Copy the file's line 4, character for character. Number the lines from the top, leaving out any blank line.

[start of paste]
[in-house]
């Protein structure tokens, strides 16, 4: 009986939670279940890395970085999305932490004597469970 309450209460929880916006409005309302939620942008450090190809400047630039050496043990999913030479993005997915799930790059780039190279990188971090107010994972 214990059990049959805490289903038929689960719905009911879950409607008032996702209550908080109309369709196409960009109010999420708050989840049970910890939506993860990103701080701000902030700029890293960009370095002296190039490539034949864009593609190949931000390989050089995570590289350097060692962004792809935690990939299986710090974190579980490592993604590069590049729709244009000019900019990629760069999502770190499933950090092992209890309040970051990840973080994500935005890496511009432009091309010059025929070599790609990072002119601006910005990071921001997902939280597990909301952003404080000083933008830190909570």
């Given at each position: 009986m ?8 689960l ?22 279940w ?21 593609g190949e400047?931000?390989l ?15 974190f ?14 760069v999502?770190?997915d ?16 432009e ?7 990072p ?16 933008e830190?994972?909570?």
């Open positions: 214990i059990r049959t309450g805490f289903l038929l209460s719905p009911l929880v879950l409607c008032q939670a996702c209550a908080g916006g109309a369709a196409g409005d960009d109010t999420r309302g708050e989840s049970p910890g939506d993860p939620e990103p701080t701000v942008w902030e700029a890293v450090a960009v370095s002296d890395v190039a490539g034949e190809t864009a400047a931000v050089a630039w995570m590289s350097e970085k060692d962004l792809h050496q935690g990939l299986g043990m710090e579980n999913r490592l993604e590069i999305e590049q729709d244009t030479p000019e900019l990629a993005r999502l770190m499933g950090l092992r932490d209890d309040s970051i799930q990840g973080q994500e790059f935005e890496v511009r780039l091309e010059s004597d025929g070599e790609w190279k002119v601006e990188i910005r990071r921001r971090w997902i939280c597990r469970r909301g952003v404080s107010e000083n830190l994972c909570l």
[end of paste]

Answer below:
């Open positions: 214990i059990r049959t309450g805490f289903l038929l209460s719905p009911l929880v879950l409607c008032q939670a996702c209550a908080g916006g109309a369709a196409g409005d960009d109010t999420r309302g708050e989840s049970p910890g939506d993860p939620e990103p701080t701000v942008w902030e700029a890293v450090a960009v370095s002296d890395v190039a490539g034949e190809t864009a400047a931000v050089a630039w995570m590289s350097e970085k060692d962004l792809h050496q935690g990939l299986g043990m710090e579980n999913r490592l993604e590069i999305e590049q729709d244009t030479p000019e900019l990629a993005r999502l770190m499933g950090l092992r932490d209890d309040s970051i799930q990840g973080q994500e790059f935005e890496v511009r780039l091309e010059s004597d025929g070599e790609w190279k002119v601006e990188i910005r990071r921001r971090w997902i939280c597990r469970r909301g952003v404080s107010e000083n830190l994972c909570l």